Pirates of the Caribbean: On Stranger Tides
Director : Rob Marshall
Screenplay : Ted Elliott & Terry Rossio (suggested by the novel by Tim Powers; based on characters created by Ted Elliott & Terry Rossio and Stuart Beattie and Jay Wolpert)
MPAA Rating : PG-13
Year of Release : 2011
Stars : Johnny Depp (Captain Jack Sparrow), Penélope Cruz (Angelica), Geoffrey Rush (Hector Barbossa), Ian McShane (Blackbeard), Kevin McNally (Gibbs), Sam Claflin (Philip), Astrid Berges-Frisbey (Syrena), Stephen Graham (Scrum), Keith Richards (Captain Teague), Richard Griffiths (King George), Greg Ellis (Groves), Damian O’Hare (Gillette), Óscar Jaenada (The Spaniard), Anton Lesser (Lord John Carteret), Roger Allam (Prime Minister Henry Pelham), Judi Dench (Society Lady)
After the one-two punch of 2006’s Dead Man’s Chest and 2007’s At World’s End, which ran a combined 320 minutes and took every fantastical pirate cliché imaginable and bloated them to epic proportions, it is hard to imagine that there were many cries for a new Pirates of the Caribbean movie. What more could possibly done that hadn’t already? Yet, here we are, four years later, with a fourth installment called On Stranger Tides that, while considerably leaner than the last two entries in terms of both running time and narrative convolution, is still a sizable beast in its own right. And, while not without some charm and a few rousing sequences, On Stranger Tides nevertheless feels largely unnecessary, especially in the way it forces us to realize that Johnny Depp’s Captain Jack Sparrow, who was such a refreshing breath of subversive air back in 2003, is starting to wear a little thin.
Jack’s back, of course, as is Hector Barbossa (Geoffery Rush), his pirate nemesis who was killed in the first movie (although technically he was already a cursed zombie at that point) and then resurrected in the third. Jack is drawn into a three-way race to find the fabled Fountain of Youth that Ponce de Léon supposedly discovered 200 years earlier. Jack finds himself in league with Angelica (Penélope Cruz), a fiery former lover who has joined forces with the legendary Blackbeard (Ian McShane), the pirate that all other pirates fear, as Jack puts it. They are competing against both a fleet of Spanish ships and Barbossa, who has conned the British government into making him an official captain in their navy, although his real goal is revenge against Blackbeard, who cost him a leg. Like the previous films, there is plenty of supernatural hocus-pocus to keep the digital wizards behind the scenes busy, including a subplot involving the necessity of capturing a mermaid, which leads to an extensive sequence in which the characters find themselves under attack by hoards of mermaids who, in this world, are vicious, fanged monsters that screech and attack like rabid animals (with the exception of Astrid Berges-Frisbey’s Syrena, who proves that not all mermaids are killers).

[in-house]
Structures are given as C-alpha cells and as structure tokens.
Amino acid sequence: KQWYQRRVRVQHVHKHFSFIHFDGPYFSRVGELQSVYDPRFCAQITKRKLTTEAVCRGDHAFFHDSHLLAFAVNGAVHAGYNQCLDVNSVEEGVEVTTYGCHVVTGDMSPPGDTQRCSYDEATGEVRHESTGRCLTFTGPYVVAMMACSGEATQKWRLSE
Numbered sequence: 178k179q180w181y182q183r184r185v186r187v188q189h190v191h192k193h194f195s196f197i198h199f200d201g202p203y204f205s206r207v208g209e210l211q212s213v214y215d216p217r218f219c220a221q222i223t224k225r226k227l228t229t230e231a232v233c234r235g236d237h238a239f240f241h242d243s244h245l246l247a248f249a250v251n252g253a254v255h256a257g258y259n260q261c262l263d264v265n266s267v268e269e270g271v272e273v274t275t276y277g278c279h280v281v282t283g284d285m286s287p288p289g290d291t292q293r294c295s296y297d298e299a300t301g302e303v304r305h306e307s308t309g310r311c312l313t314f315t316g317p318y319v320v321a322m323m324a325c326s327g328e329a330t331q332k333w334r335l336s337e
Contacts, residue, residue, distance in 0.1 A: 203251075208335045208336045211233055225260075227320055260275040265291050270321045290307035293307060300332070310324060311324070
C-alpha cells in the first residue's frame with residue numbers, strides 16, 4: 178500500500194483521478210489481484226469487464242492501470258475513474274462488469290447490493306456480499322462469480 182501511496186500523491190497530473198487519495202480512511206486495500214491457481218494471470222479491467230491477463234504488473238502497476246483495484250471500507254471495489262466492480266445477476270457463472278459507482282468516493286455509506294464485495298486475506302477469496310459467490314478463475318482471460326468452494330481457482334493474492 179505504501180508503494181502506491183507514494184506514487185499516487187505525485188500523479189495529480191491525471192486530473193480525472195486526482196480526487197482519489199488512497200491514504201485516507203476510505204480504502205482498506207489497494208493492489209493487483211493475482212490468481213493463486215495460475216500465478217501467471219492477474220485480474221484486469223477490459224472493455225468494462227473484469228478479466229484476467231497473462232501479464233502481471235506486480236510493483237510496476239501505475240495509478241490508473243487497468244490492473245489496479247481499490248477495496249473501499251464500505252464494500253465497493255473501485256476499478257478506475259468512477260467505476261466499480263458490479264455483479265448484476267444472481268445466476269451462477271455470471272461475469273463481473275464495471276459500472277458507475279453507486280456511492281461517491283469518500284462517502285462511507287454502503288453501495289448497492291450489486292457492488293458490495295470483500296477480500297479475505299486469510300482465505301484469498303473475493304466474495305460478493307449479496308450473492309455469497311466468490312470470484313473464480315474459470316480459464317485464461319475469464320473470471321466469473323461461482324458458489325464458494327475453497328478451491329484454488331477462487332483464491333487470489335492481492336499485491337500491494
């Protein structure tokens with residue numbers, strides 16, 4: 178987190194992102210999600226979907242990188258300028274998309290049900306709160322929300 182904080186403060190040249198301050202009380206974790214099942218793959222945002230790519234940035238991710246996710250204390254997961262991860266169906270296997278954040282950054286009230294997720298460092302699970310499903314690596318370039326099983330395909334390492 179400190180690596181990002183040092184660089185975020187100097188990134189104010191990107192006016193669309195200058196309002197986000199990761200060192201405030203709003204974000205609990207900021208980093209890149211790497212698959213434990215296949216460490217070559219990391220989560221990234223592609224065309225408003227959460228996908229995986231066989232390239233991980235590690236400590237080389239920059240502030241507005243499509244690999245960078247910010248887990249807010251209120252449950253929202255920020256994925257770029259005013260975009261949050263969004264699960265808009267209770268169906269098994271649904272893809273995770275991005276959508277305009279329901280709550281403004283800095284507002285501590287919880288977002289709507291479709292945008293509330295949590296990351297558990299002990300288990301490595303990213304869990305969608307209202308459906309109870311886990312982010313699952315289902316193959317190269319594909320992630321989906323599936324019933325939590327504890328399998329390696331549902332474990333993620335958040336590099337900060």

Compared to the previous films, the plot is downright simplistic. Returning screenwriters Ted Elliott and Terry Rossio have clearly learned the lesson that more isn’t always better, although their borrowing of plot elements from Tim Powers’ 1987 novel On Stranger Tides suggests that they may have run up against a creative wall in trying to concoct new adventures for Disney’s pirate cottage industry. Given the popularity of his character, Depp does very little to expand on Jack, instead giving us the same penchant for devil-may-care foppishness, self-interested conniving, and well-time one-liners (interestingly, his eye liner seems to have gotten thicker over the years while his speech has become less slurred). McShane makes Blackbeard into a worthy adversary--all gruff bluster and no-nonsense determination, while Penélope Cruz’s Angelica, who should be a more memorable character, gets lost amidst all the chaos, which severely undercuts any sense of tension between her and Jack.
Director Rob Marshall, who takes the reins from Gore Verbinski, is clearly trying to lay claim to widespread popularity again since the critical and commercial thuds of Memoirs of a Geisha (2005) and Nine (2009) following his Oscar-winning hit Chicago (2002). If he could resurrect the musical (if only temporarily), surely he could breathe new life into a pirate franchise, but it is actually quite the opposite. While On Stranger Tides is by no means terrible, it isn’t particularly good either, and the parts that work draw most of their goodwill from our memories of the previous films. Marshall is a competent director, and some of the actions scenes have the kind of swash-buckling thrills that fans have come to love (especially a chase through the streets of London with Jack leaping from carriage to carriage), but a lot of it feels like little more than going through the motions: a sword fight here, some double entendres there. He doesn’t have Verbinski’s flair for the baroque and the bizarre, so the movie feels more tamped down. It says something that the movie’s comic highpoint is when Jack finds his face buried in Dame Judi Dench’s bosom (although Richard Griffiths gives a wonderfully venal, puffy performance as King George II). The result is a movie with a lot of moving parts, but not much forward momentum.
Copyright ©2011 James Kendrick
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